Objectives: To determine the effectiveness of a telephone reminder to increase pneumococcal vaccination in a population that had received mailed reminders and to evaluate whether the intervention effect is similar for clinics serving primarily non-Hispanic black or non-Hispanic white patient populations.
Study design: Randomized trial within a managed care network.
Methods: All unvaccinated patients 18 years and older with chronic medical conditions and 65 years and older without chronic medical conditions (N = 6106) were randomized to receive telephone intervention or standard care and followed up for 6-month vaccination status. The intervention was a telephone call initiated by a nurse to inform patients that pneumococcal vaccination was recommended and was a covered benefit of their insurance.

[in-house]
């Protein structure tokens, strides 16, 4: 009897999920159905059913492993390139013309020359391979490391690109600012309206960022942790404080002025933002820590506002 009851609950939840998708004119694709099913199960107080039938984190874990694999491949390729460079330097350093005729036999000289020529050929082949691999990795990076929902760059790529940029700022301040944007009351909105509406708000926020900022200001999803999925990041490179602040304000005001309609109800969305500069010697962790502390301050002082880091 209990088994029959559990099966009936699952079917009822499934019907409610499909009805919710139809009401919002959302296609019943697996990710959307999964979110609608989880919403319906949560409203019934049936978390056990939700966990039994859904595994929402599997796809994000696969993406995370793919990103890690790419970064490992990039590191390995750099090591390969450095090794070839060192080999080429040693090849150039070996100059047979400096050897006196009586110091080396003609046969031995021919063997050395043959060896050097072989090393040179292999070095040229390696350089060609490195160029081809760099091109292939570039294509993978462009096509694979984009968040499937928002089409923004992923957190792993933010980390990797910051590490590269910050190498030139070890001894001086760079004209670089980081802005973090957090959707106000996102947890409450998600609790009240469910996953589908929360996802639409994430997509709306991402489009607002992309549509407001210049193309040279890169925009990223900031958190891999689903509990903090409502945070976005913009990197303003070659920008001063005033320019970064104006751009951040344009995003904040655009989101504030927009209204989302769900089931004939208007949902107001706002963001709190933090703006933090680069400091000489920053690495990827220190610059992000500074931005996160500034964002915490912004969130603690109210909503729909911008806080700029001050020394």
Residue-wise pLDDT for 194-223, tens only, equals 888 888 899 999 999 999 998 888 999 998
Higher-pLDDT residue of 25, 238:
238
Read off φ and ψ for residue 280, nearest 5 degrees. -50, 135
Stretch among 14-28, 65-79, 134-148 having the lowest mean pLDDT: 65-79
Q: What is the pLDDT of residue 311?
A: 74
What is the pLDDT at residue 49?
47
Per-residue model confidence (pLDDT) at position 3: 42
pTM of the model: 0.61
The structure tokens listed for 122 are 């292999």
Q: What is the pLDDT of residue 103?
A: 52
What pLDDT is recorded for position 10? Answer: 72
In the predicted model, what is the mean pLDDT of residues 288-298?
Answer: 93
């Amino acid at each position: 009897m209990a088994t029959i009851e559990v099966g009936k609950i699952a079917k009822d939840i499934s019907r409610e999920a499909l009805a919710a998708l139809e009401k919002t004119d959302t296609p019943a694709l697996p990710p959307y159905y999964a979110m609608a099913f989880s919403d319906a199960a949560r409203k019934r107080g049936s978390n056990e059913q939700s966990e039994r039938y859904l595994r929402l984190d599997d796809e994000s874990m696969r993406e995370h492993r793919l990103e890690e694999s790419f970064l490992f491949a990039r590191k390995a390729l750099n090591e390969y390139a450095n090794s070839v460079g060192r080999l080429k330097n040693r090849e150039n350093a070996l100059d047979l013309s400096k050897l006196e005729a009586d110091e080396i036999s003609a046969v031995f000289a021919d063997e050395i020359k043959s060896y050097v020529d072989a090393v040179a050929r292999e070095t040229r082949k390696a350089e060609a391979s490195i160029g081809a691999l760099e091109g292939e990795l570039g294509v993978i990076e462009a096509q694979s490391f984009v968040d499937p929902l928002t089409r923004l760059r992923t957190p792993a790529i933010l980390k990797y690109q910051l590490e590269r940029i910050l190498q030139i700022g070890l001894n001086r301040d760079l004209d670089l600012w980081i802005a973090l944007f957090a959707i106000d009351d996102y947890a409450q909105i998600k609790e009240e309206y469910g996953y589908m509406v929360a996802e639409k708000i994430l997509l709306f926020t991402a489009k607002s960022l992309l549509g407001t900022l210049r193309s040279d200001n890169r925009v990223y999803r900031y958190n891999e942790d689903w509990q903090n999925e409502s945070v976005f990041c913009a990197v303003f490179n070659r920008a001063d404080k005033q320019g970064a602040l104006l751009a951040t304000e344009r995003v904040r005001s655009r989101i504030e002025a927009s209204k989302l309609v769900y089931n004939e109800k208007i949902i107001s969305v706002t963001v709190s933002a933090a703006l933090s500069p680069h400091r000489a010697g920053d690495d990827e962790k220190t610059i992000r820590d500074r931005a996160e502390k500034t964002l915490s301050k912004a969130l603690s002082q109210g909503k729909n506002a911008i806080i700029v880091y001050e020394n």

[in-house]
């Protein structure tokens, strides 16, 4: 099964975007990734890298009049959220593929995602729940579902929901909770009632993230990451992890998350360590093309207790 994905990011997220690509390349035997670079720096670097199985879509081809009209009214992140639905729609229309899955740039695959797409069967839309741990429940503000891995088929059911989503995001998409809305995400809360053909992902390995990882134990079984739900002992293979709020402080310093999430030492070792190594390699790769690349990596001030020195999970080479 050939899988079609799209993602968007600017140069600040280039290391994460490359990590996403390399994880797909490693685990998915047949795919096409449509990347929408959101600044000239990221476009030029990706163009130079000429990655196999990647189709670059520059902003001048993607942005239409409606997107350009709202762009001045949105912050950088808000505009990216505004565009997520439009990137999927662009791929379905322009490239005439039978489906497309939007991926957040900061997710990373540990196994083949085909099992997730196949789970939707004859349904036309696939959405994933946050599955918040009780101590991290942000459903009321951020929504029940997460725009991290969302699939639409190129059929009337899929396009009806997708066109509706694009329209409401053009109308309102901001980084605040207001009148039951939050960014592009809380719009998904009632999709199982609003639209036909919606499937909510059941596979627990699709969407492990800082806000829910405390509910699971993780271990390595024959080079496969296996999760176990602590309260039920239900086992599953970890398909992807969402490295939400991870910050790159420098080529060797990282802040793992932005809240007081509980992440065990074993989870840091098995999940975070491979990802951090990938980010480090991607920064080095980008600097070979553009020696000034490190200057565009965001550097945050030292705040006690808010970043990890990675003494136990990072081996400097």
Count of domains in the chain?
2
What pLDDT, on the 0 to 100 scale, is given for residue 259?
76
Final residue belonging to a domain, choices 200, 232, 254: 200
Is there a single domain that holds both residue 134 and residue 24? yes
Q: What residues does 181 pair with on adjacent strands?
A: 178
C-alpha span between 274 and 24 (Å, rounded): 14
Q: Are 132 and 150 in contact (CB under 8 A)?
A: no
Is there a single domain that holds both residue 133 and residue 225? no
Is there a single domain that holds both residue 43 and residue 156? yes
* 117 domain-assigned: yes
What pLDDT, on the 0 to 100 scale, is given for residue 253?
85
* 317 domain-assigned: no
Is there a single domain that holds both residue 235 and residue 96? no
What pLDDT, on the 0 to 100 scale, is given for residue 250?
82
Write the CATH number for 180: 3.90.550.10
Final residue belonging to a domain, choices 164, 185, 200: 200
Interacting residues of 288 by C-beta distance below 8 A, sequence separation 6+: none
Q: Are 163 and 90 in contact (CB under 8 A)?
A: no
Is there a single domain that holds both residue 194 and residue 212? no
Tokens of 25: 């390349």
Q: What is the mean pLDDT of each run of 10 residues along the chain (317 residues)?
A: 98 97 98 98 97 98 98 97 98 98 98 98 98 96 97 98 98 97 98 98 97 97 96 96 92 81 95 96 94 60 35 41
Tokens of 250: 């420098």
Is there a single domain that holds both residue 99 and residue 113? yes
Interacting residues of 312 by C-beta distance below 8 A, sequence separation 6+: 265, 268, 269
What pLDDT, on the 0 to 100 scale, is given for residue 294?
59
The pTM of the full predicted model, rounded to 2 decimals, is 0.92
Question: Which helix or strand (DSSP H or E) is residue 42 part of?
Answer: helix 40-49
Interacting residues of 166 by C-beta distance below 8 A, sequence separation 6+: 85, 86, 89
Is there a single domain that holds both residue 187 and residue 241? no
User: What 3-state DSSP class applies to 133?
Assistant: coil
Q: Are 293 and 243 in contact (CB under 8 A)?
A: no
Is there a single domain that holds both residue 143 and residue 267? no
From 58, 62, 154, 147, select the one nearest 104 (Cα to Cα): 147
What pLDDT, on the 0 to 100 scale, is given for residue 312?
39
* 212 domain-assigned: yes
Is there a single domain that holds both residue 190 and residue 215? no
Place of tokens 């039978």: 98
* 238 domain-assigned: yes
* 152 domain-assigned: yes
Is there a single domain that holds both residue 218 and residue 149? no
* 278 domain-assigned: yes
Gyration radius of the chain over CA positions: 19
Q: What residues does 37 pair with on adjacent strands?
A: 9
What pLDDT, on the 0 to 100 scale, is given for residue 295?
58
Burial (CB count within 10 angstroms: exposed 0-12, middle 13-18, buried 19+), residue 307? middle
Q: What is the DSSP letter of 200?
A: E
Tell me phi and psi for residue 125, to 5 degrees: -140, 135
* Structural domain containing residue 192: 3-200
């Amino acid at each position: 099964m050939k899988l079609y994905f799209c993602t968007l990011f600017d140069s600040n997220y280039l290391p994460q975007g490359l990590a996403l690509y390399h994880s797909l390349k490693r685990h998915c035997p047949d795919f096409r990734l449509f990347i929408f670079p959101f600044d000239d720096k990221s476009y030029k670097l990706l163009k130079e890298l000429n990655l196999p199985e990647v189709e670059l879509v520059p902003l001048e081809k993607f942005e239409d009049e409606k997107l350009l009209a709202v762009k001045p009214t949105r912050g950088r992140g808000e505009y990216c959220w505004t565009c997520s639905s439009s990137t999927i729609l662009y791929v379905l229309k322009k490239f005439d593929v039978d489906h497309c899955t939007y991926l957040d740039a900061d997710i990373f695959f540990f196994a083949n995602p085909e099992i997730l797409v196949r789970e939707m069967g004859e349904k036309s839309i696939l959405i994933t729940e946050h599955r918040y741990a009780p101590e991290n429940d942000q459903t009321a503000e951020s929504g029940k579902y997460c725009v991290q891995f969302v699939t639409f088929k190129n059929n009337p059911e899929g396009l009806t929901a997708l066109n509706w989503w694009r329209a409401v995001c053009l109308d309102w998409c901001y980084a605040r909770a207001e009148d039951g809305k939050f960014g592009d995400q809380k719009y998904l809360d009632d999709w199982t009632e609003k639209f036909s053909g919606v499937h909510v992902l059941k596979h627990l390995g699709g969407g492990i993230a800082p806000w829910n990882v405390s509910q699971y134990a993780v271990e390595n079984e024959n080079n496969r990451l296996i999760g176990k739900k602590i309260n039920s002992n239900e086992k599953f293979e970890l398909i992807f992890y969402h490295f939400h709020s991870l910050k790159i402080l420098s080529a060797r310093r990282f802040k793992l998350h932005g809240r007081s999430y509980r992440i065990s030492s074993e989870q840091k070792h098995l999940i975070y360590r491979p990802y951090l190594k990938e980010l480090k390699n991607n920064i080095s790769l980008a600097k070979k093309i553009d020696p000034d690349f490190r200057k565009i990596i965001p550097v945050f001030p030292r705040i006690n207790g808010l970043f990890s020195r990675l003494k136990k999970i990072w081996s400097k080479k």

Results: Intervention patients were 2.3 times as likely to be vaccinated during the study period than control patients (P < .001). The success of telephone intervention versus control was similar across clinics (P = .16) and across the chronic disease and elderly groups (P = .14). In subanalyses of individuals reached by telephone intervention, unvaccinated black subjects were less likely to be vaccinated during the study than unvaccinated white subjects (34% vs 25%, P = .03). Nurse staff time for telephone intervention cost $147.35 per additional patient vaccinated.
Conclusions: Telephone intervention was successful at increasing vaccination rates in a diverse managed care population that had already received mailed reminders. Tailored messaging for pneumococcal vaccination through telephone reminders increases patient demand for vaccination and should be implemented by managed care organizations seeking to increase their vaccination rates.